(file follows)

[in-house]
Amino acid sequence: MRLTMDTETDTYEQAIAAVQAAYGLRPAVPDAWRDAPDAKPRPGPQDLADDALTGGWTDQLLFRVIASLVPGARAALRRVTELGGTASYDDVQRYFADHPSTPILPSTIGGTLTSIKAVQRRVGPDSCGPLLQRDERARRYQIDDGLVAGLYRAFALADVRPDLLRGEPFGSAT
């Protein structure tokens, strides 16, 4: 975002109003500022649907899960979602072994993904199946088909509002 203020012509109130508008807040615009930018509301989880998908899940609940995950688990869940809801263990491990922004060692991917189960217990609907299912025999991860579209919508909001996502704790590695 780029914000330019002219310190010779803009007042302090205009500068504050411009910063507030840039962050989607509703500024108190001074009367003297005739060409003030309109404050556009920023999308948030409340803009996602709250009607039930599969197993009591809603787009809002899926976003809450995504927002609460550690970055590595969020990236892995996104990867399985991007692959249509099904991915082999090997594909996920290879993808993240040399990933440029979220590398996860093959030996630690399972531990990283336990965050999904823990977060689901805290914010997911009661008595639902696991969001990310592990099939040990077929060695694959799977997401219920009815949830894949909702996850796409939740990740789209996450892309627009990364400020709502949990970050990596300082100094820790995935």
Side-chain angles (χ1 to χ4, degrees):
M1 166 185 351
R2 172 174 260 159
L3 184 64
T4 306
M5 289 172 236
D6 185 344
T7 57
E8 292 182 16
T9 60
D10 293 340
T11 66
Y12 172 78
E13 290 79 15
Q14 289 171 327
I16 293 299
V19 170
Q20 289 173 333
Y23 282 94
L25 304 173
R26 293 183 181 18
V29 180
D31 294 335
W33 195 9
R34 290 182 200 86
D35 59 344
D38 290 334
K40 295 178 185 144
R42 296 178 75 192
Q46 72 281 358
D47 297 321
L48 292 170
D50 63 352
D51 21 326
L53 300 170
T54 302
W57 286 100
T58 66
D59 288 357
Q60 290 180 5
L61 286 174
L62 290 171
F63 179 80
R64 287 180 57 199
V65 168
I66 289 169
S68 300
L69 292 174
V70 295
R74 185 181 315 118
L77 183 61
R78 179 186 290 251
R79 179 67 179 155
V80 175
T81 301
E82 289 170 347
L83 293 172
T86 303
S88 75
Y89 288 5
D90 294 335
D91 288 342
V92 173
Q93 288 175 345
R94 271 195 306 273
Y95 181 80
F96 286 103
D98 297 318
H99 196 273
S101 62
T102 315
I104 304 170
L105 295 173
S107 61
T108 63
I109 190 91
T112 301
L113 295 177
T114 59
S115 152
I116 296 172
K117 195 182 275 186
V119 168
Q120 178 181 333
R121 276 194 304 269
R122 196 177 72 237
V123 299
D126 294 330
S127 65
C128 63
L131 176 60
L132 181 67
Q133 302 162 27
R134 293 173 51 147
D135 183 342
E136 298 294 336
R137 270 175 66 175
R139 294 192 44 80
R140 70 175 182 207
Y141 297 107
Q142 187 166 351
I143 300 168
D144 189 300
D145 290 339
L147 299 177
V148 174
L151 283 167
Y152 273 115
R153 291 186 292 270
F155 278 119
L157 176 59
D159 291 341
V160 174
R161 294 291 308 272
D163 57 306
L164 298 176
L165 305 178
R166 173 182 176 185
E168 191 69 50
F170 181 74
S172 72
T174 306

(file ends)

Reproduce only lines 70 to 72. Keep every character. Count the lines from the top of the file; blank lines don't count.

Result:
F96 286 103
D98 297 318
H99 196 273